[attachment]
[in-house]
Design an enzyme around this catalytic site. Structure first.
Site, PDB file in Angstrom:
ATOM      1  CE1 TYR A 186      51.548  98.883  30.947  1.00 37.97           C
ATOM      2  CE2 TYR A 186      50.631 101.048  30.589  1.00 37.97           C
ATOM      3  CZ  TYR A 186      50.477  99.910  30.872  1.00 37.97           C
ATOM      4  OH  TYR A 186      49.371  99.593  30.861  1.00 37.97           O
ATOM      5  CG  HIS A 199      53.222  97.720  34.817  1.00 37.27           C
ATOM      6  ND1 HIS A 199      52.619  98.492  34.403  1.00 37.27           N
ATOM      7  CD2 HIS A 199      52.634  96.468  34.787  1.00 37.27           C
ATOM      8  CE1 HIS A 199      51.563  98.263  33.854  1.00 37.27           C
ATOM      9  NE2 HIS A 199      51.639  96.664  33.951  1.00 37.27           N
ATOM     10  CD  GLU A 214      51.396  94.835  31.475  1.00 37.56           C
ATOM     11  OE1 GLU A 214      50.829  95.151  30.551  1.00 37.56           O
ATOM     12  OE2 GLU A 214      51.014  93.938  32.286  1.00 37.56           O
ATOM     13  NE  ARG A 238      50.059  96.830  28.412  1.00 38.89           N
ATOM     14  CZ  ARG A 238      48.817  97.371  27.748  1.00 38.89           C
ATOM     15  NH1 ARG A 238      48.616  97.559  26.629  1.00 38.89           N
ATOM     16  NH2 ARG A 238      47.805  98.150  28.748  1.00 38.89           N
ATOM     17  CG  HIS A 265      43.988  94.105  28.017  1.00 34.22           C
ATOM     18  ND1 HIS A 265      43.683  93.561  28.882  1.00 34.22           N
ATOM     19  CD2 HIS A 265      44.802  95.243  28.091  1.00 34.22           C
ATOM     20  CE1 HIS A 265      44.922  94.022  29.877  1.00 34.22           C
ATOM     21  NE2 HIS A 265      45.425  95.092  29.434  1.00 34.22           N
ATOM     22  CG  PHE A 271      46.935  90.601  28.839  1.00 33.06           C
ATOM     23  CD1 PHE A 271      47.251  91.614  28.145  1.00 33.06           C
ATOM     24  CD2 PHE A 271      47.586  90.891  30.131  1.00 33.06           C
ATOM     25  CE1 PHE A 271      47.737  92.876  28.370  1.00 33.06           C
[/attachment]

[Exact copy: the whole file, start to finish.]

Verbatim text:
[in-house]
Design an enzyme around this catalytic site. Structure first.
Site, PDB file in Angstrom:
ATOM      1  CE1 TYR A 186      51.548  98.883  30.947  1.00 37.97           C
ATOM      2  CE2 TYR A 186      50.631 101.048  30.589  1.00 37.97           C
ATOM      3  CZ  TYR A 186      50.477  99.910  30.872  1.00 37.97           C
ATOM      4  OH  TYR A 186      49.371  99.593  30.861  1.00 37.97           O
ATOM      5  CG  HIS A 199      53.222  97.720  34.817  1.00 37.27           C
ATOM      6  ND1 HIS A 199      52.619  98.492  34.403  1.00 37.27           N
ATOM      7  CD2 HIS A 199      52.634  96.468  34.787  1.00 37.27           C
ATOM      8  CE1 HIS A 199      51.563  98.263  33.854  1.00 37.27           C
ATOM      9  NE2 HIS A 199      51.639  96.664  33.951  1.00 37.27           N
ATOM     10  CD  GLU A 214      51.396  94.835  31.475  1.00 37.56           C
ATOM     11  OE1 GLU A 214      50.829  95.151  30.551  1.00 37.56           O
ATOM     12  OE2 GLU A 214      51.014  93.938  32.286  1.00 37.56           O
ATOM     13  NE  ARG A 238      50.059  96.830  28.412  1.00 38.89           N
ATOM     14  CZ  ARG A 238      48.817  97.371  27.748  1.00 38.89           C
ATOM     15  NH1 ARG A 238      48.616  97.559  26.629  1.00 38.89           N
ATOM     16  NH2 ARG A 238      47.805  98.150  28.748  1.00 38.89           N
ATOM     17  CG  HIS A 265      43.988  94.105  28.017  1.00 34.22           C
ATOM     18  ND1 HIS A 265      43.683  93.561  28.882  1.00 34.22           N
ATOM     19  CD2 HIS A 265      44.802  95.243  28.091  1.00 34.22           C
ATOM     20  CE1 HIS A 265      44.922  94.022  29.877  1.00 34.22           C
ATOM     21  NE2 HIS A 265      45.425  95.092  29.434  1.00 34.22           N
ATOM     22  CG  PHE A 271      46.935  90.601  28.839  1.00 33.06           C
ATOM     23  CD1 PHE A 271      47.251  91.614  28.145  1.00 33.06           C
ATOM     24  CD2 PHE A 271      47.586  90.891  30.131  1.00 33.06           C
ATOM     25  CE1 PHE A 271      47.737  92.876  28.370  1.00 33.06           C